Letter: More TV is worse
We first learnt that it doesn't in the 1970s, with the introduction of multi-screen cinemas. "Oh good," we thought, "six screens to choose from, so we outside London will get the Woody Allen films as well." Try seeing The Castle or The Spanish Prisoner this week outside London - it's Armageddon or Lost in Space at two screens each for the third week running.
The same applies to television. The more channels there are, the more alike the programming, because they all want to make shows that are cheap and massively popular (rather than moderately successful). There are entire nights now in which peak time is wall-to-wall soaps, docu-soaps or formula sitcoms starring ex-soap actors.
And Peter Bazalgette (Podium, 31 August) wants to pretend that it is all somehow very democratic that we "the people" are at long last having our say and should be freed from the "snooty regulation" of regulatory institutions. In support of this he argues that we do not sell enough of our programmes overseas, so they cannot be very good.
Sales are not an indicator of quality, but of cost. Good-quality television costs money to make, unlike the talk show trash which exploits the vulnerability of ordinary people. If we must go down this road, let us at least be honest about it - what drives the programme makers is the need for profit, delivering fragmented audiences to hungry advertisers at minimum cost.
To mark Tolstoy's 186th birthdaybooks
Arts & Ents blogs
- 1 Scottish independence: Ireland since 1919 is a lesson for Scotland in what a Yes vote means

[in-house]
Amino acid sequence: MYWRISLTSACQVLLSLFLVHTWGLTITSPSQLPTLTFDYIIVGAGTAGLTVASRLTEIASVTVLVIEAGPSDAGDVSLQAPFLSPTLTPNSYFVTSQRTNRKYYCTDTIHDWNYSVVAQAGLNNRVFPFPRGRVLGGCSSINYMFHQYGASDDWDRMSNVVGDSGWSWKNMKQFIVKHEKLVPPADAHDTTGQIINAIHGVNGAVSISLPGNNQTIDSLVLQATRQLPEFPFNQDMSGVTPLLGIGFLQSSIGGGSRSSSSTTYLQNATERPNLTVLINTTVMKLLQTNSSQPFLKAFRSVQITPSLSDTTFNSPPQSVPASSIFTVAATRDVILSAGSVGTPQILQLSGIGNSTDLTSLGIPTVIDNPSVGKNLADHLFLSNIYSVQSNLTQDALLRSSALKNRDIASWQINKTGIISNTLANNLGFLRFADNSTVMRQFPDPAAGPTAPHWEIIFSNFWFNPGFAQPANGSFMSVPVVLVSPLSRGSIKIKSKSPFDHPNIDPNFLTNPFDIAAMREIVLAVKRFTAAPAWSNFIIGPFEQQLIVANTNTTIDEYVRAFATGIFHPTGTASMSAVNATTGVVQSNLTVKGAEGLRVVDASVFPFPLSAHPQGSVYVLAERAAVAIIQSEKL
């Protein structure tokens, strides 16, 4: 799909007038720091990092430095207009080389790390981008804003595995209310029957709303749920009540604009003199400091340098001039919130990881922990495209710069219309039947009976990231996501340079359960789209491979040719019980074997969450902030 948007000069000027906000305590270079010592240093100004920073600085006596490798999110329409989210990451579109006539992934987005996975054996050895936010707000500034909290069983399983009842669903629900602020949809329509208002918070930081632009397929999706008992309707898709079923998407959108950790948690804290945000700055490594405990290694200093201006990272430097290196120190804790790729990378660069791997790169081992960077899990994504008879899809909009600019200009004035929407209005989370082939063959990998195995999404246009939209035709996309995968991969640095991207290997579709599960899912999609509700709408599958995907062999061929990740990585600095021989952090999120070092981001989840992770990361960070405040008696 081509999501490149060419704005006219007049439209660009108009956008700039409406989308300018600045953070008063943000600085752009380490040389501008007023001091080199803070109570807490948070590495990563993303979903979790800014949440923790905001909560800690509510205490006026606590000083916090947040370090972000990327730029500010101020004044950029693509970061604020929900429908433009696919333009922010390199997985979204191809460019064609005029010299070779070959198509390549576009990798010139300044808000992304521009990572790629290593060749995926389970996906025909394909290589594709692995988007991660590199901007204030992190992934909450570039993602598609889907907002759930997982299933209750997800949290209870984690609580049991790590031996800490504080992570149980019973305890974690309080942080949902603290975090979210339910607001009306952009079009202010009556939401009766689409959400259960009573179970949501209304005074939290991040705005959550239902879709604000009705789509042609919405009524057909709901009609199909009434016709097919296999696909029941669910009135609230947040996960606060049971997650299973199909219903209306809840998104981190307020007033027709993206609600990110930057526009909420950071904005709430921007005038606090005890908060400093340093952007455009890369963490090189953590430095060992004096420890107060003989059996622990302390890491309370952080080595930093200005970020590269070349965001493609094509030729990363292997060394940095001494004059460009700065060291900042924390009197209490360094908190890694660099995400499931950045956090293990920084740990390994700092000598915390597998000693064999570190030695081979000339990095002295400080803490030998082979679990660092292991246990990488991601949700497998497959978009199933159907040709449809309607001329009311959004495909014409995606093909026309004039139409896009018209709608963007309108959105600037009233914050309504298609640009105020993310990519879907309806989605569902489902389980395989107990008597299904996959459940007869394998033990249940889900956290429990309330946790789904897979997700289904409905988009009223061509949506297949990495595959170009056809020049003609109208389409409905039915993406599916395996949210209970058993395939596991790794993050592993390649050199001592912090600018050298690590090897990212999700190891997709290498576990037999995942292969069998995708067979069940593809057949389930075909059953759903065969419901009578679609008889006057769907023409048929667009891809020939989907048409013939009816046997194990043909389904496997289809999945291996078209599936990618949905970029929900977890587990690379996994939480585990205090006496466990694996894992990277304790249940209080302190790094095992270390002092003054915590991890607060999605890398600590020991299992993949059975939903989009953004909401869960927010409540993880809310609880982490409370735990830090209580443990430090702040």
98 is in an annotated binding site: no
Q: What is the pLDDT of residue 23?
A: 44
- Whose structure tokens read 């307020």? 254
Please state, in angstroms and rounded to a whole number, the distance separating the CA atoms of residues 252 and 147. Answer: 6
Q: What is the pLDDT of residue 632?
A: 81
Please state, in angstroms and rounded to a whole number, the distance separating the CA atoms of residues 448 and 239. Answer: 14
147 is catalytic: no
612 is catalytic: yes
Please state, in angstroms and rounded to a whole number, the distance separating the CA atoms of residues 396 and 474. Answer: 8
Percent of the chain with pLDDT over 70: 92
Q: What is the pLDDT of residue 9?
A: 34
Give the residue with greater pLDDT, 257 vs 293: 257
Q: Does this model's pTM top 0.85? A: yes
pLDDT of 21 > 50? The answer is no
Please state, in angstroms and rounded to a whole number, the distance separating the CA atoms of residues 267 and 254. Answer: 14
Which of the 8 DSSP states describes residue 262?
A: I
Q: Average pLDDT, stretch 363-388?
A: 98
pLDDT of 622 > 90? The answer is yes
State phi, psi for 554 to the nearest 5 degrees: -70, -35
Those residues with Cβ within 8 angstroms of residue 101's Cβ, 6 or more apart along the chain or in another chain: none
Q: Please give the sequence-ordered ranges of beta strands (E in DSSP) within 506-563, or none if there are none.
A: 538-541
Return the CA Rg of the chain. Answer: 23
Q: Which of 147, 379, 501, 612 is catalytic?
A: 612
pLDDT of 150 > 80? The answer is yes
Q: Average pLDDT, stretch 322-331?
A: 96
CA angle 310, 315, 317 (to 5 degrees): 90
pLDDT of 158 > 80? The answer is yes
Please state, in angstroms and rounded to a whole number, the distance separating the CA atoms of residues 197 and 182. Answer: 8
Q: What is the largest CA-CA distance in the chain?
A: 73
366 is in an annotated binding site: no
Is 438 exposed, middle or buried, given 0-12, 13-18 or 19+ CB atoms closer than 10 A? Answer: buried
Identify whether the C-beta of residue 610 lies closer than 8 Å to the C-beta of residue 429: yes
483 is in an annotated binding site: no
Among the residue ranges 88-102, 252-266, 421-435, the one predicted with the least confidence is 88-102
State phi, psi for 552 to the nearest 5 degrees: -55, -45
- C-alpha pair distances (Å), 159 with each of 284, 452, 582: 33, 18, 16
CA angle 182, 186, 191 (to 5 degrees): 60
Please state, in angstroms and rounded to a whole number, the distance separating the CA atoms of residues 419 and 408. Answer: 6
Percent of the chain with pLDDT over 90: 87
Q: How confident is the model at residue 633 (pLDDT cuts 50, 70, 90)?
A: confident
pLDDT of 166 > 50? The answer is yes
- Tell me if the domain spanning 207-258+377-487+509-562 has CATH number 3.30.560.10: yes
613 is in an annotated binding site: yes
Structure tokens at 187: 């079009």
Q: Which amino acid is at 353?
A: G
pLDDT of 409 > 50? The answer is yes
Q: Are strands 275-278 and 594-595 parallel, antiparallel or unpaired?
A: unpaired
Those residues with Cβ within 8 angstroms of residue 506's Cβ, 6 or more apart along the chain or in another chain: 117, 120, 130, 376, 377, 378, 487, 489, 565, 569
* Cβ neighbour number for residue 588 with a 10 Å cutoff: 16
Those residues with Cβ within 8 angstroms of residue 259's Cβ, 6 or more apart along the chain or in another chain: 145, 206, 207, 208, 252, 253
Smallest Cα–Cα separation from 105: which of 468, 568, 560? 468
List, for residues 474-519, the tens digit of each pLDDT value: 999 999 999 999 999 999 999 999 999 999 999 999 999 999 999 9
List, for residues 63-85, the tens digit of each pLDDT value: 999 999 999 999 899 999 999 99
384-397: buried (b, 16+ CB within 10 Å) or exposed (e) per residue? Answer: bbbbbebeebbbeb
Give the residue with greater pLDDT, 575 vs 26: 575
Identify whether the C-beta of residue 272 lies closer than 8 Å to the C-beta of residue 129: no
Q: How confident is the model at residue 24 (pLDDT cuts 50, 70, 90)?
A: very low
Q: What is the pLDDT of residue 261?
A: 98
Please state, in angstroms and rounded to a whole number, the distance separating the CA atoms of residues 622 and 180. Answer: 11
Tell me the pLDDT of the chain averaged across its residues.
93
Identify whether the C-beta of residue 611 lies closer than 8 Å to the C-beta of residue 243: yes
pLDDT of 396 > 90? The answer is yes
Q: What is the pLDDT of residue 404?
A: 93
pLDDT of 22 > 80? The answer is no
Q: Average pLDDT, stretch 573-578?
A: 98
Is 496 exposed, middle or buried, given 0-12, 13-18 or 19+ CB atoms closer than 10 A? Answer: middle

- 2 British tourists 'murdered' in Thailand: Pair's bloodied bodies found naked on Koh Tao beach
- 3 Lego breaks out of the toy box and heads for the gallery
- 4 Vogue under fire for 'Big Booty' article
- 5 Julian Assange and Edward Snowden join piracy mogul Kim Dotcom’s political campaign in New Zealand
Fifty Shades of Grey movie: New picture of Anastasia Steele unveiled
Lego breaks out of the toy box and heads for the gallery
Cilla, ITV - TV review: No wonder Cilla's chuffed with this story of her life – even the Beatles take a back seat
Doctor Who, Listen, review: Possibly Steven Moffat's most terrifying episode
Tyler, The Creator says having new U2 album automatically downloaded on his iPhone was 'like waking up with herpes'
Daniele Watts: Django Unchained actress detained by Los Angeles police after being mistaken for a prostitute
The political class is doing what Hitler couldn’t – destroying Britain
Scottish independence: Nationalist leader Jim Sillars threatens pro-union companies with 'day of reckoning' after independence
Scottish independence: Yes campaign feels the heat as Alex Salmond's NHS claims come under furious attack
£23m Birmingham cycle scheme is attacked by Tory councillor for not catering to the elderly
Salmond accused of laughing off national debt with ‘what are they going to do: invade?’ joke